The limited lessons of Australia’s ‘safe’ change to a slightly greener, more caring alternative

Editorial: The voters restored Labor to government in Canberra after nine years

Saturday 21 May 2022 21:30
Comments
<p>Anthony Albanese’s Labor Party secured a smaller share of first-preference votes than it did three years ago</p>

Anthony Albanese’s Labor Party secured a smaller share of first-preference votes than it did three years ago

There will be many articles over the next few days – some of them even in The Independent – in which the writer will conclude that the Australian election result confirms everything they already believed about politics.

In Britain, Labour supporters will claim it shows that an uncharismatic leader can prevail over anti-immigrant and “culture war” rhetoric by staying true to a traditional message of social justice. Conservatives will claim that Scott Morrison paid the price of departing from the values of his traditional supporters – the free market, low taxes and frugal public spending.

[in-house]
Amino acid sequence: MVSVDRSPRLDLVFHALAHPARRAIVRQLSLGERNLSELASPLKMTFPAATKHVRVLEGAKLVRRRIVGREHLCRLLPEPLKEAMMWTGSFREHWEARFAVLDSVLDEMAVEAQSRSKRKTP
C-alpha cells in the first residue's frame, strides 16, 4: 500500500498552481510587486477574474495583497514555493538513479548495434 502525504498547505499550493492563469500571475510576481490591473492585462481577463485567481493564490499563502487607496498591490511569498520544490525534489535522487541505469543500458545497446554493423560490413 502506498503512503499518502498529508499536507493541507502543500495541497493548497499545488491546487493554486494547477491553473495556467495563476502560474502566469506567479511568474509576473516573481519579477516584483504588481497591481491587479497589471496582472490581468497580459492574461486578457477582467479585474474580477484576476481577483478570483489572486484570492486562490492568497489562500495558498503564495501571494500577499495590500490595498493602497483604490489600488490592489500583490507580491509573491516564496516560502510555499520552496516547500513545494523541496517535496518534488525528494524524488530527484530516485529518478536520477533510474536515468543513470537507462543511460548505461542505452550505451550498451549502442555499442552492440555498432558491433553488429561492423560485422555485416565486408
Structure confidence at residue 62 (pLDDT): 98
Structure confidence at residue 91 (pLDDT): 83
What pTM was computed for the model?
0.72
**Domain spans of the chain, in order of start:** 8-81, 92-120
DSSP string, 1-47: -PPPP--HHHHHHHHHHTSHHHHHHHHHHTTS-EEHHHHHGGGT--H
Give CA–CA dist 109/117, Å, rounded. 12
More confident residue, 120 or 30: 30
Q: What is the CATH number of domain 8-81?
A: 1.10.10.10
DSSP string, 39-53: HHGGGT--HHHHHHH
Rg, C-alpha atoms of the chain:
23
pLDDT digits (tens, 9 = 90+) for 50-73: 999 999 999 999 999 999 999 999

Greens will claim that their time is coming – their Australian equivalents gained ground as the third party in share of first-preference votes. Both the Greens and the Liberal Democrats might also point to the night’s biggest winners, the “teal” independent candidates, who gained most seats from the ruling Liberal coalition. These are a distinctively Australian group of anti-establishment politicians – not even a party. Most are strongly motivated by the climate emergency, with an attitude of “a plague on both your houses” towards the two main parties.

Join our new commenting forum

Join thought-provoking conversations, follow other Independent readers and see their replies

Comments

Thank you for registering

Please refresh the page or navigate to another page on the site to be automatically logged inPlease refresh your browser to be logged in